Knowing the right sailing terms to use on board a boat is not just about impressing your friends. It’s actually very useful, and sometimes crucial in communicating while you’re sailing.
Some of the vocabulary used on board boats can sound old fashioned, which it is! Sailors still use terms that have been around for hundreds of years.
Here are the key sailing terms you’ll want to know as you begin learning to sail!
- Port: Facing forward, this is anything to the left of the boat. When you’re onboard, you can use this term pretty much any time you would normally say “left.”
- Starboard: Facing forward, this is anything to the right of the boat. Same deal as “port” – only the opposite.
- Bow/Stern: The bow is the front of the boat, the stern is the back. Anything near the front of the boat is referred to as being “forward,” and anything toward the back is “aft” or “astern.”
- Point of Sail: The boat’s direction relative to the wind. For example, if you’re going straight into the wind, your point of sail is called “in irons.” (Note: This isn’t a good place to be!) If the wind is blowing straight over the side of the boat, that’s called a “beam reach.” There are 8 commonly used points of sail, and it’s a good idea to familiarize yourself with them before going out.
- Helm: Where you steer the boat. Usually this is a big wheel, but on smaller boats it can be a tiller, which is basically a long wooden stick. Either of these can be used to control the boat’s rudder.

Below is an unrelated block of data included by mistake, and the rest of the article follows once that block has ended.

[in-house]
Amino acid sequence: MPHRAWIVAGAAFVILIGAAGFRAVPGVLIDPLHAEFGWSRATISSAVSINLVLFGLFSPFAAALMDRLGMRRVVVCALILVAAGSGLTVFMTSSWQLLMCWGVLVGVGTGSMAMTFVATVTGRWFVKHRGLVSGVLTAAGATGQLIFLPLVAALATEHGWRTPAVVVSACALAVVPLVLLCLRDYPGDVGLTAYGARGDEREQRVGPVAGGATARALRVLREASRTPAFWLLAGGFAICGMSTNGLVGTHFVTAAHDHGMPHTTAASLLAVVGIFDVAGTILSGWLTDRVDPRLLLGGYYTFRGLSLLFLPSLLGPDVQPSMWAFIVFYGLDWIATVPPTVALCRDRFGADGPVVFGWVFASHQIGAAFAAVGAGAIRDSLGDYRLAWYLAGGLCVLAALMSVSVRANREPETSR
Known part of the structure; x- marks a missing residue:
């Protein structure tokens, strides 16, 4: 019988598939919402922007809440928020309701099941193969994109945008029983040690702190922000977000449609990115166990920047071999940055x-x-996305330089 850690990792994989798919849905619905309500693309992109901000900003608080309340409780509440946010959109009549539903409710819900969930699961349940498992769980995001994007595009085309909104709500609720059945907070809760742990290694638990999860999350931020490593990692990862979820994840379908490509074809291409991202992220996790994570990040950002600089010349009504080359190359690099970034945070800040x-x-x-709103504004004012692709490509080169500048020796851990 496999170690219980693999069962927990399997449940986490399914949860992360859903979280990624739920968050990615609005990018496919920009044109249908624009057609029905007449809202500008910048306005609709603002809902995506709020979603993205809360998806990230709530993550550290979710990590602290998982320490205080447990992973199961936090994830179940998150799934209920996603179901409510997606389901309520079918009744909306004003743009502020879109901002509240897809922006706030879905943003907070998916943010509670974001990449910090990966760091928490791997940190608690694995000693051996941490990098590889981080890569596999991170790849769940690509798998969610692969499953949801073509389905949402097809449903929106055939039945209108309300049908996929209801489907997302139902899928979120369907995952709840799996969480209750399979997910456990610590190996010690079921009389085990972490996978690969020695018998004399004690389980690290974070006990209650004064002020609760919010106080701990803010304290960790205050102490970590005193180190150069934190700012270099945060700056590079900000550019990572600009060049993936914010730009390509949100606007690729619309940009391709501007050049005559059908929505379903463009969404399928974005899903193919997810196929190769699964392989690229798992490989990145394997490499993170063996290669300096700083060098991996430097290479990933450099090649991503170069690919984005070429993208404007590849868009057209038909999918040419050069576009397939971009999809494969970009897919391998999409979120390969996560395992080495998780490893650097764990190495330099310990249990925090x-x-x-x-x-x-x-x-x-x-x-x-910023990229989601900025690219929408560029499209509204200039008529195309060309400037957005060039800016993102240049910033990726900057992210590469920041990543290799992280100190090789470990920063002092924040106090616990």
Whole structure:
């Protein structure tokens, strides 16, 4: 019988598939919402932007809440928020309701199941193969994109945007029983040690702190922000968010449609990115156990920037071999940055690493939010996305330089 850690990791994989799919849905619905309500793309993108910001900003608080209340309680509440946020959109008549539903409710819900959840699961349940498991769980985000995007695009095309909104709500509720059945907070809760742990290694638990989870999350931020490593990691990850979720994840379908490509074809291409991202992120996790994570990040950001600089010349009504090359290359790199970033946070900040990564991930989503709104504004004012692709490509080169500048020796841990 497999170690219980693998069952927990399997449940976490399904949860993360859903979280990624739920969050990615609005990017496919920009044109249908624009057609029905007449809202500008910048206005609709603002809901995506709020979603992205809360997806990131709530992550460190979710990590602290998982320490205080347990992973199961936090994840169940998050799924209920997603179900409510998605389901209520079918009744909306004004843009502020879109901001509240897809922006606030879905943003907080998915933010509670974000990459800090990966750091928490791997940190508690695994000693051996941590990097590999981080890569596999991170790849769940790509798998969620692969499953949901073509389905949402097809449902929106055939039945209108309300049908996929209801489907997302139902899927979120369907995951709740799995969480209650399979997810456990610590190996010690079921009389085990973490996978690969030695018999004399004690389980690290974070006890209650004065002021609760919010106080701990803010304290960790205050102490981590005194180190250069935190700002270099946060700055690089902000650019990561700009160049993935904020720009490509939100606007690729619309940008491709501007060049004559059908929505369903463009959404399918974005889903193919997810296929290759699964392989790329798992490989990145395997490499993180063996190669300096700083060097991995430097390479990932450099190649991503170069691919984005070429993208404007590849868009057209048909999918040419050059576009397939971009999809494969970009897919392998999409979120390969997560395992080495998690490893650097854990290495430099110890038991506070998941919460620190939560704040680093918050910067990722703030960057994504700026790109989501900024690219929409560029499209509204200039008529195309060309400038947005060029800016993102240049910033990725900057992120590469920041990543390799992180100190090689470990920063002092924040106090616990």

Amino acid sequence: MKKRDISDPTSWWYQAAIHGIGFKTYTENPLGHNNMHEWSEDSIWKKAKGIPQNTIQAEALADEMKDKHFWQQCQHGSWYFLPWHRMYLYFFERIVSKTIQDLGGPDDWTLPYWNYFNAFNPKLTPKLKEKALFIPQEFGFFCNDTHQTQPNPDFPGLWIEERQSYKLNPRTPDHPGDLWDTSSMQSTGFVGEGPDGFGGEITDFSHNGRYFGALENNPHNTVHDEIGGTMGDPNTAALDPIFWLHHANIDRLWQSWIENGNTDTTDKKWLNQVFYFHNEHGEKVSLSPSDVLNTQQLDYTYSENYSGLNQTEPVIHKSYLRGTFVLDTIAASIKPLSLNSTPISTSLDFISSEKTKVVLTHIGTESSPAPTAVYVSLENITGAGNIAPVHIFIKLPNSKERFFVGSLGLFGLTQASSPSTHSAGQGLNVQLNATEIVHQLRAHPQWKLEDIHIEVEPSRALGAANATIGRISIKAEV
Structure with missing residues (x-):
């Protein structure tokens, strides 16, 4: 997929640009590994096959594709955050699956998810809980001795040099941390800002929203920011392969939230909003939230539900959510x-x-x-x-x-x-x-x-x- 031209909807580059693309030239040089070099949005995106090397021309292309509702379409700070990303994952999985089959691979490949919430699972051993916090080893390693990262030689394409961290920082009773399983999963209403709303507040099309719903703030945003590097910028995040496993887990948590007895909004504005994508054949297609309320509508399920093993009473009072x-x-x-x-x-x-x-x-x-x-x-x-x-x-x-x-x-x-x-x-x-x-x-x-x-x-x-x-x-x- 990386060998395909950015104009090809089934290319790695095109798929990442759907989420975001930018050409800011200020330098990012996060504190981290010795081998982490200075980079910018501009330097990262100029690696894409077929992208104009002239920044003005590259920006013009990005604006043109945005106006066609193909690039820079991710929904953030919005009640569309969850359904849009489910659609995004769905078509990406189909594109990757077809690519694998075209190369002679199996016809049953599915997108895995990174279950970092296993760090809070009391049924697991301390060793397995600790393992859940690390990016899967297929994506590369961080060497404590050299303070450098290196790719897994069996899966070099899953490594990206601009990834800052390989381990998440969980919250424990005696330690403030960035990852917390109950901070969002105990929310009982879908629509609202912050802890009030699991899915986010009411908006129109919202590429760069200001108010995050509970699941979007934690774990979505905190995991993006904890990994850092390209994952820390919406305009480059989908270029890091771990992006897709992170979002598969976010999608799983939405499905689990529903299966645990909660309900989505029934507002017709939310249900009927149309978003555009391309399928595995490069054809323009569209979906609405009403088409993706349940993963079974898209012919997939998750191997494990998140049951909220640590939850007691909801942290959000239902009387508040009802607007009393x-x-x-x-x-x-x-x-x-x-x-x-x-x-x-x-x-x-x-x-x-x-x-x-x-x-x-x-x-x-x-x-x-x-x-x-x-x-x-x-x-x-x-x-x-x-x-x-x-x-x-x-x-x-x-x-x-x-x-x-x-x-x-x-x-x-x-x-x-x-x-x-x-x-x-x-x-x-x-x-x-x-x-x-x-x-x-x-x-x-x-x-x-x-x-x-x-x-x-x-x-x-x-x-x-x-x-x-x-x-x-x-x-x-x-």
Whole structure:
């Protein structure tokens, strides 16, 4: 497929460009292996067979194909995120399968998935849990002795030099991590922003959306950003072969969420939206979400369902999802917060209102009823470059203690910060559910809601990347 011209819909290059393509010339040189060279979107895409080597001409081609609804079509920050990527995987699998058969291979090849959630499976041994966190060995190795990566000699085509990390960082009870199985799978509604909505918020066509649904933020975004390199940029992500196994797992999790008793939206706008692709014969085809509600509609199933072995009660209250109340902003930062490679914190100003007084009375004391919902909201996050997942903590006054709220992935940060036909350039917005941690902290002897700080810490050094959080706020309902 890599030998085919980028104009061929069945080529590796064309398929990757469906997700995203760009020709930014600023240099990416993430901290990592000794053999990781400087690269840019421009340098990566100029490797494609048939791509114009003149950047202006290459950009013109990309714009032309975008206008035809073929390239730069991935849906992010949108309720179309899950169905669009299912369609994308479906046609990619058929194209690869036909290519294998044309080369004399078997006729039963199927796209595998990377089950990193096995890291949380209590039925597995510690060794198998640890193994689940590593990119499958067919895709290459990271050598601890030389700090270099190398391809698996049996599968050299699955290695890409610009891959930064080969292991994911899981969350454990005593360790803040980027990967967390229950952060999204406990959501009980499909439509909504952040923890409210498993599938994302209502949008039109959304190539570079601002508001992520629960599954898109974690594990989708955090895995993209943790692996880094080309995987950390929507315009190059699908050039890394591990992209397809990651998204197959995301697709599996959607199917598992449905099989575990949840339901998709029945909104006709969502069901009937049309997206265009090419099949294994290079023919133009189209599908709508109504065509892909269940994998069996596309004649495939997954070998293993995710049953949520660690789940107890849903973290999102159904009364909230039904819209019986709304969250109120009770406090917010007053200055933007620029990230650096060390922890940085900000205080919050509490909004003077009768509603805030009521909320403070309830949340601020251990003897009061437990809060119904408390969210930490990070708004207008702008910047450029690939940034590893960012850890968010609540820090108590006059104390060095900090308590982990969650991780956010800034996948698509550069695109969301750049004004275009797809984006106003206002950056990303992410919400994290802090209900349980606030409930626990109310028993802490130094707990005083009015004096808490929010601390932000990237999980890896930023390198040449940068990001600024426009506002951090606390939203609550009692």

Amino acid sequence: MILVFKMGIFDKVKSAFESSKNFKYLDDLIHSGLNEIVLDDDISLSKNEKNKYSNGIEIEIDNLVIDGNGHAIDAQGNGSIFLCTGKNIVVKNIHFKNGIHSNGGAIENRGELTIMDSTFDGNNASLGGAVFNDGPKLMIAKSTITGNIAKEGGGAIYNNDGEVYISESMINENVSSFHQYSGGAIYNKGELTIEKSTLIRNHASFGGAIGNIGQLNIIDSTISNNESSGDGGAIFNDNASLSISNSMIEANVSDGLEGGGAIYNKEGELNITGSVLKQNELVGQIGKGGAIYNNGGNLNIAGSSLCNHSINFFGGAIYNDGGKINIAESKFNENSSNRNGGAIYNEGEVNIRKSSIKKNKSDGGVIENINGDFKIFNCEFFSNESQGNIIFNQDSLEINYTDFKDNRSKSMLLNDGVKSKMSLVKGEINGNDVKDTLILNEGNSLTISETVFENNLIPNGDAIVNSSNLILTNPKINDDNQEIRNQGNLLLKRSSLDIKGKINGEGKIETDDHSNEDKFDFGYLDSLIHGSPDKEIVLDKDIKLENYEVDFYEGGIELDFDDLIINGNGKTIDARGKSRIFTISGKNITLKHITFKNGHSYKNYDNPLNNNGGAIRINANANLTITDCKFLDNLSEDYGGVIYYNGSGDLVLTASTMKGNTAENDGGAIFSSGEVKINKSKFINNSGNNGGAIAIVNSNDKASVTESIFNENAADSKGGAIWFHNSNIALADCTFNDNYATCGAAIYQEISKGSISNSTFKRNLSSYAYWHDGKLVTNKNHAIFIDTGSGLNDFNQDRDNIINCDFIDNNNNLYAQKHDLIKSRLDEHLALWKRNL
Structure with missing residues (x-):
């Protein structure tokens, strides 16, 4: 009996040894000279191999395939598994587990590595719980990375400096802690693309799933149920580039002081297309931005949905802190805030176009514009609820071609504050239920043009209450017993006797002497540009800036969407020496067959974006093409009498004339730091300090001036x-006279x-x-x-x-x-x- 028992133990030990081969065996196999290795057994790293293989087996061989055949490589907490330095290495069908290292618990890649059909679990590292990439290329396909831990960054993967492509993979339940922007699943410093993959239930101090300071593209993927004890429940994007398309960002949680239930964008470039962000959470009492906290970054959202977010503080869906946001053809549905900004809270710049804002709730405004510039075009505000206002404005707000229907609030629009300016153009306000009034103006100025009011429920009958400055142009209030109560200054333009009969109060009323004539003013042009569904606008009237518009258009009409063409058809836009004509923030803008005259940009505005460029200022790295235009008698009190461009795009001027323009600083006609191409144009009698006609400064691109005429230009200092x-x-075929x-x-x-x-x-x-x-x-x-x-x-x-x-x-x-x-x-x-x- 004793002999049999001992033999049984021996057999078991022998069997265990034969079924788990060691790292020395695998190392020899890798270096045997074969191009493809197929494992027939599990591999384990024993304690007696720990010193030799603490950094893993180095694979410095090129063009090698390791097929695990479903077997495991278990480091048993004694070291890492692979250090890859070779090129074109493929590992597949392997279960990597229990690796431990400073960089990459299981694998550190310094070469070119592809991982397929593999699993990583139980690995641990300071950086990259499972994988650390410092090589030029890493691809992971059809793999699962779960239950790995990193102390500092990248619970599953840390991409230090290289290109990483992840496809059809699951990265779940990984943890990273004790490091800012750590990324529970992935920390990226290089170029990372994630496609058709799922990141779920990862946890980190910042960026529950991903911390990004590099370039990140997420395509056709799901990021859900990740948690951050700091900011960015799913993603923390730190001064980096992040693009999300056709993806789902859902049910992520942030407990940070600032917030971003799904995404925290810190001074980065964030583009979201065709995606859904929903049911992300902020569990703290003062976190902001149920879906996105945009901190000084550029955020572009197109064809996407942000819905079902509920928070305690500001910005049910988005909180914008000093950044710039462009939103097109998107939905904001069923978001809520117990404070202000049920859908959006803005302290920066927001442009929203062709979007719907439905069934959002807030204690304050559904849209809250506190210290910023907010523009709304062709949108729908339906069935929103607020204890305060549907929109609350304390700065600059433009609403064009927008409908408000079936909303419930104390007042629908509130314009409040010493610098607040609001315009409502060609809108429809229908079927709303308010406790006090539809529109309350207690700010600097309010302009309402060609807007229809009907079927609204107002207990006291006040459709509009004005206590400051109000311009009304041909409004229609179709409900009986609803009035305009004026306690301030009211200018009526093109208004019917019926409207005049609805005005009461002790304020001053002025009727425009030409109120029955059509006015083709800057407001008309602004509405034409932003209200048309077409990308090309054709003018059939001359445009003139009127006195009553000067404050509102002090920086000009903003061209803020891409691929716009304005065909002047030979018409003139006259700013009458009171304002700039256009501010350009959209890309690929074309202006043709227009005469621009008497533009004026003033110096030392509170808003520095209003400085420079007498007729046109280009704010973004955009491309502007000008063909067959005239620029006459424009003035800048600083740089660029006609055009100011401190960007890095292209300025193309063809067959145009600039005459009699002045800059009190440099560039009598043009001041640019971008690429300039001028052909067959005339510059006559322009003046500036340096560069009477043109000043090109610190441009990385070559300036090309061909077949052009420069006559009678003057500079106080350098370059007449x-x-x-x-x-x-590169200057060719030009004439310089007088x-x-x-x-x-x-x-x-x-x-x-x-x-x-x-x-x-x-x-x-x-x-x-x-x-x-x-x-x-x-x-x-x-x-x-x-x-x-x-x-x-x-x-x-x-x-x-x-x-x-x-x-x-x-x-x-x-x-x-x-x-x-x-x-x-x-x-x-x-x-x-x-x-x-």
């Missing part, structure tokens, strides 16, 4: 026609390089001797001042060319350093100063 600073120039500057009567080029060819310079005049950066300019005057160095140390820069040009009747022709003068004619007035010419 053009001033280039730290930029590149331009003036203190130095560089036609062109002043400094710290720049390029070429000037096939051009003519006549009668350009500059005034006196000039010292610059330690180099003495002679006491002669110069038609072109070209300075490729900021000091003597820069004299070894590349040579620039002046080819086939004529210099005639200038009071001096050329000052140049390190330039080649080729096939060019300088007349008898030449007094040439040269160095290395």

- Helmsman: The man or woman steering the boat.
- Keel: The keel is a long, heavy fin on the bottom of the boat that sticks down into the water. It provides stability and is the reason why modern sailboats are nearly impossible to capsize.
- Heeling: This is the term for when a sailboat leans over in the water, pushed by the wind. There’s nothing else like the thrill of heeling over as your sails fill and your speed picks up!
- Tack: This term has two distinct meanings, both of them very important. As a verb, to tack is to change direction by turning the bow of the boat through the wind. As a noun, your tack is the course you are on relative to the wind. For example, if the wind is blowing over the port side, you are on a port tack. If it’s blowing over the starboard side, you’re on a…you guessed it…starboard tack.
- Jibe: A jibe is another way of changing direction, in which you bring the stern of the boat through the wind. Whether you choose to tack or jibe entirely depends on the situation–what’s around you, and the direction of the wind.
- Windward: The side of the boat closest to the wind. When heeling over, this will always be the high side.
- Leeward: The side of the boat furthest from the wind. When heeling over, this will always be the low side.
- Lines: On board a boat, this is what you say instead of “ropes.”
- Mainsail: The big triangular sail just aft of the sailboat’s mast. As the name suggests, this is the boat’s largest and most important sail. Running along its bottom edge, the mainsail has a thick pole called the boom.
- Jib: The next most common sail on any boat. The jib can always be found forward of the mast, and unlike the mainsail, does not have a boom.
- Rigging: Rigging is the name for the system of wire cables and ropes that both support the sails and allow them to be controlled.
Getting familiar with these sailing terms will help you to make the most of your time onboard a boat. During this field trip you will also learn some other sailing terms which will help you to take an active role onboard the Spirit of New Zealand.